Copyright 2021 - BV TallVision IT

These are some lessons learned about background jobs - that could avoid you having to learn the same lesson the hard way. Poor performance and finding input files.. 

Dramatic performance increase

In a conversion program we used a call to a BAPI for some update, over 1000 times in a row. When this was done in the foreground, the report would consume about half an hour, which was pushing the TIME_OUT limit set on the system. Hence the report was scheduled to run in the background. It performed it's task, but consumed a staggering 6 hours.

How can this be ? In the foreground it processes everything in half an hour, in the background it needs 6 hours - for the exact same workload.

After digging into this a bit deeper, the problem was the "logical unit of work" - I called the bapi but forgot all about COMMIT WORK in between Bapi calls. The system was processing my 1000 updates as a single logical unit of work.

Lesson learned: manage logical units of work (perform COMMIT WORK).

Dramatic performance increase - 2

A background job doing an update to delimit infotype 0041 in HR runs through a list of nearly 50k updates. After an hour the progress is checked, and the system consumed 1.4 seconds per update. An estimate of the total run time is done and after a few hours progress is checked. After 5 hours, the average time per update has increased to 11.7 seconds per update. Conclusion: this background job is dragging along finished updates somehow. A report (WRITE) lists 1 line per update and has over 400 pages.

The COMMIT WORK setup is in place (see previous paragraph) but did not produce the desired effect.

The actual job start-to-finish cycle needed to be shortened. So for a 50k workload, the report was adjusted to process only the first 1000, and running the report was repeated 50 times. Result: 0.9 seconds per update.

Lesson learned: manage logical units of work - though separate program runs. Note that a background job can be scheduled with (in the example case 50) steps.

Source files lost

This one presented itself in an LSMW setup: For some of the LSMW objects execution of the conversion step has to be done in the background. Error message “Unable to read file'” is thrown and the background job is cancelled – this is what happened:

The processing of an LSMW object involves reading data and creating a .read file which is converted into a .conv file during the conversion step. When the read step is skipped before scheduling the conversion step, the system (LSMW) will throw this error and cancel the job. As the .read file is a mandatory file for the conversion step, running the background job on a server other than the (application)server that holds the read file, the same error will be thrown.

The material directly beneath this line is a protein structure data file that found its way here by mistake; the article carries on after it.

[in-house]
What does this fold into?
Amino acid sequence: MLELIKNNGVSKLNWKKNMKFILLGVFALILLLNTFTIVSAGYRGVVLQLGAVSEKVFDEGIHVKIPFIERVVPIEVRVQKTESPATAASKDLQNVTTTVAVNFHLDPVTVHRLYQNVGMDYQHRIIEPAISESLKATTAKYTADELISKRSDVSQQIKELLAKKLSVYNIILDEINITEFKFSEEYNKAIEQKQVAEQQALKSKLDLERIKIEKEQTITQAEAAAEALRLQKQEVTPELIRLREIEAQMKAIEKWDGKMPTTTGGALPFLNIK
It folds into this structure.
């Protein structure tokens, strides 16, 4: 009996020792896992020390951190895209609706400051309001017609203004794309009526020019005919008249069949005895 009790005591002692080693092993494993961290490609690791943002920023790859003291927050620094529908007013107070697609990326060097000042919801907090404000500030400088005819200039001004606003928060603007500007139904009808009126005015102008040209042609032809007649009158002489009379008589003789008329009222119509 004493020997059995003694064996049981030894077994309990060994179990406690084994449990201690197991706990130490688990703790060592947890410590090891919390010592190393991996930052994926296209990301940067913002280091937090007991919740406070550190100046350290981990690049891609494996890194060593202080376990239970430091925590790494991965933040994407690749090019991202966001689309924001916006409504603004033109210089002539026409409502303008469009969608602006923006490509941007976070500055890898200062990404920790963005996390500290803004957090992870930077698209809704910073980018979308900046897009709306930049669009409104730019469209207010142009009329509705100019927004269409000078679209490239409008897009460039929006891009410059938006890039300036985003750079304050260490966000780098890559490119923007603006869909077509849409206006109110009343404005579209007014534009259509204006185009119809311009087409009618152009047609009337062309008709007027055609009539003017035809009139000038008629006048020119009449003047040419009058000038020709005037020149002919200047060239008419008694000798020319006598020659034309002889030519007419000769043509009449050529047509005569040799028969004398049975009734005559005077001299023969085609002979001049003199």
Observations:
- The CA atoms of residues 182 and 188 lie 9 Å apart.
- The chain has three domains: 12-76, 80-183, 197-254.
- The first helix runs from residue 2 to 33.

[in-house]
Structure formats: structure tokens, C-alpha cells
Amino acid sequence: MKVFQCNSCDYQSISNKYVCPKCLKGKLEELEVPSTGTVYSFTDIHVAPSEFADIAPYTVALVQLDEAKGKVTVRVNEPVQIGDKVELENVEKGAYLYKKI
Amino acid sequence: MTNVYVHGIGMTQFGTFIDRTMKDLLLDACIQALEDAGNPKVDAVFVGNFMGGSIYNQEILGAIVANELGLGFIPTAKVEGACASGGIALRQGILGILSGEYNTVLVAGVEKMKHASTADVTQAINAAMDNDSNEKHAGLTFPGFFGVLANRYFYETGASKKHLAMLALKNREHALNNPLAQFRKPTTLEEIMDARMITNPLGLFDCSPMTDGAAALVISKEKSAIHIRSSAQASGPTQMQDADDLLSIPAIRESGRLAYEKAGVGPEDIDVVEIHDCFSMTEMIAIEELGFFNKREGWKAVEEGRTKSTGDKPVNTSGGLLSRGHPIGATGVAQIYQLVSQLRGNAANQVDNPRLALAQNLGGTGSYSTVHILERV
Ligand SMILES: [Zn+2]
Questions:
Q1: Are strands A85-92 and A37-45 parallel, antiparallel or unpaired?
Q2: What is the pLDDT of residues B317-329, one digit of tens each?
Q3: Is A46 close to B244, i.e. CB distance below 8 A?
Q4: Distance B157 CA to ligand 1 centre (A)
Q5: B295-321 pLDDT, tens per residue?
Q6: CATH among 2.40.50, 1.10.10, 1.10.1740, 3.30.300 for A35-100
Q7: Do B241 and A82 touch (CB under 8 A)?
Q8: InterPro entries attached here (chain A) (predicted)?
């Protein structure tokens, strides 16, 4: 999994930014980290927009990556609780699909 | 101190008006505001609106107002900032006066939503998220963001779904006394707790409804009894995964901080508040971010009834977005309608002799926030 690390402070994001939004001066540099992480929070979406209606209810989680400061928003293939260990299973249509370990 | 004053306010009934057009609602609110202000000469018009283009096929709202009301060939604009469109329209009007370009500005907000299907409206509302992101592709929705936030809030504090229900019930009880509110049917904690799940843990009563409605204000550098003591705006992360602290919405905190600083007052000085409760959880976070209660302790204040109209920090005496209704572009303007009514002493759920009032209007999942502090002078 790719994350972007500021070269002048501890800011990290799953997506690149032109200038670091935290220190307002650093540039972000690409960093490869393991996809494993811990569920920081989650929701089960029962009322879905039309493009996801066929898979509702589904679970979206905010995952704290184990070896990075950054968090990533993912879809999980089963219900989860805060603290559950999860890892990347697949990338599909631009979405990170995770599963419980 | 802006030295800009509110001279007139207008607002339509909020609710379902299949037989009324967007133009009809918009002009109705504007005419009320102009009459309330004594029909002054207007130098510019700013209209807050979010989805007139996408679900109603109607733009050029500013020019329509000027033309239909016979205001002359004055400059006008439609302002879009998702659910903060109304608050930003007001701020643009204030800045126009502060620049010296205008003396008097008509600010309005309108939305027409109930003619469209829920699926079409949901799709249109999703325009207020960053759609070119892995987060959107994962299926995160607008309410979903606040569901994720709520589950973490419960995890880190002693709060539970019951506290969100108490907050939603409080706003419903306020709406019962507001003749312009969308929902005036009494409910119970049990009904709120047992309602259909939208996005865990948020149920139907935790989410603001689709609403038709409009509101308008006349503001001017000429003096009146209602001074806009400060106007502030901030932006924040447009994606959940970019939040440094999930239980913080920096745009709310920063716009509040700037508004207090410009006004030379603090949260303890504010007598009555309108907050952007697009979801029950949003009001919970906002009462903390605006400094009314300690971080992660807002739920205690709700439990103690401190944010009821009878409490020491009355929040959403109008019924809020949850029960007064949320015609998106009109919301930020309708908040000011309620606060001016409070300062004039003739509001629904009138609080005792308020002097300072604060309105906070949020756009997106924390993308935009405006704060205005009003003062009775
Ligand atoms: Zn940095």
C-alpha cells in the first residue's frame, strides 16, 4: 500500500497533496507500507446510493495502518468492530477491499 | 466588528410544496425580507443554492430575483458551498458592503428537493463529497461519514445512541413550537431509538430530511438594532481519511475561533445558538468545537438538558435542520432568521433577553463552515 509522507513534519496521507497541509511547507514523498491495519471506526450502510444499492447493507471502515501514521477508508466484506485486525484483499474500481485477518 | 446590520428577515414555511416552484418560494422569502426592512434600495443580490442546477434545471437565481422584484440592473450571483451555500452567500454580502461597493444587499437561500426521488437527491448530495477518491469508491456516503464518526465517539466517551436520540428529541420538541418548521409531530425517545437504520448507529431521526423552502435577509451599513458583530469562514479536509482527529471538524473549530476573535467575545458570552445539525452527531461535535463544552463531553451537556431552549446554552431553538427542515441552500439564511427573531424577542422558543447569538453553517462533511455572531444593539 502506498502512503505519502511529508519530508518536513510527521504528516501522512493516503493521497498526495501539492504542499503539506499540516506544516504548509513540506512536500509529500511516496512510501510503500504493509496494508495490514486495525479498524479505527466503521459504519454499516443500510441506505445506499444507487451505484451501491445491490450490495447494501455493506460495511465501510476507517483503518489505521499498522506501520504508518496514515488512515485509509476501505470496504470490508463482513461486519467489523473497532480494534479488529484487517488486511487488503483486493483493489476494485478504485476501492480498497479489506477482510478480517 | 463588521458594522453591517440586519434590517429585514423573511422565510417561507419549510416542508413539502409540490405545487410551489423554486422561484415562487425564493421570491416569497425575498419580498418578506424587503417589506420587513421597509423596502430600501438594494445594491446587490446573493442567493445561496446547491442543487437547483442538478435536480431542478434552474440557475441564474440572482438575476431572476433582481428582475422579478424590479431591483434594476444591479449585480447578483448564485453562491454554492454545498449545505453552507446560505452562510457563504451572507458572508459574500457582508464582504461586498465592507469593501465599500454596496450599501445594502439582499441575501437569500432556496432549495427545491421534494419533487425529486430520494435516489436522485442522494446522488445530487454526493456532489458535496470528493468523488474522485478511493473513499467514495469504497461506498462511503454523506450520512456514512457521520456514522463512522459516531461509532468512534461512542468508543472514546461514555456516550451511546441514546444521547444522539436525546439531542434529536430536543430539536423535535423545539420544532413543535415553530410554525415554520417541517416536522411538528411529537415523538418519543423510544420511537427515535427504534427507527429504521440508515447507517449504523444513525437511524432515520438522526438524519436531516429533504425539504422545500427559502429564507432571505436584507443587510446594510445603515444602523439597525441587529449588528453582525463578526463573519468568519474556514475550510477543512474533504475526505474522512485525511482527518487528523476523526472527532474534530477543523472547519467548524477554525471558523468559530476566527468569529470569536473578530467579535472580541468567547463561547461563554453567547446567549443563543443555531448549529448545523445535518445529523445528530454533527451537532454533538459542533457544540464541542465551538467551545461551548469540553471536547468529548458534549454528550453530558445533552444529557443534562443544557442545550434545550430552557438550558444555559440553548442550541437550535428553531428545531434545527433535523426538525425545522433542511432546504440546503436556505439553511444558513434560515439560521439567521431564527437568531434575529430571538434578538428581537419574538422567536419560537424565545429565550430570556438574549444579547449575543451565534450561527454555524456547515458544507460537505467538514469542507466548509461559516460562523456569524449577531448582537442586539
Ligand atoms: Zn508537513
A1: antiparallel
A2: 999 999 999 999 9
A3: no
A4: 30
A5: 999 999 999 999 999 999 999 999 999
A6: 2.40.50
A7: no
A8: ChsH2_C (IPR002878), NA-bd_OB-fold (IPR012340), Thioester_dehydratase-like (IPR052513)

Lesson learned: server files live on application servers.

Thus 2 steps were done to cause the issue: (1) a file is created, in the foreground - and this file ends up on an application server. (2) A conversion step is started, which needs the file, however this conversion step is started as a background step - on another application server.

To solve this: background jobs can also be scheduled to run on a selected application server. As the .read file is available on a specific server only, follow these steps to schedule the job:

  1. use SE38 to create a variant for the conversion program (the name of the conversion program can be determined by starting the conversion step in LSMW and looking up the report name via System => Status. Example name: /1CADMC/SAP_LSMW_CONV_00002725)
  2. Run SM36 to create the background job, give the job a name and fill in the execution server on the first screen
  3. In SM36 add a step and define program name and variant
  4. Then in start condition set the job to start immediately and saved.
  5. Your job will show up in SM37.

    I stumbled across this in an LSMW setup - but it can happen anywhere where files and multiple application servers are concerned

Parallel processing

Instead of trying to tune coding logic into something with improved performance, the approach of parallel processing was introduced. Up to 6 processes were started (decribed here: Starting new task).

Lesson learned: parallel processes consume dialog processes. It's a very effective way to make the system work hard, but it's potentially hard for the system.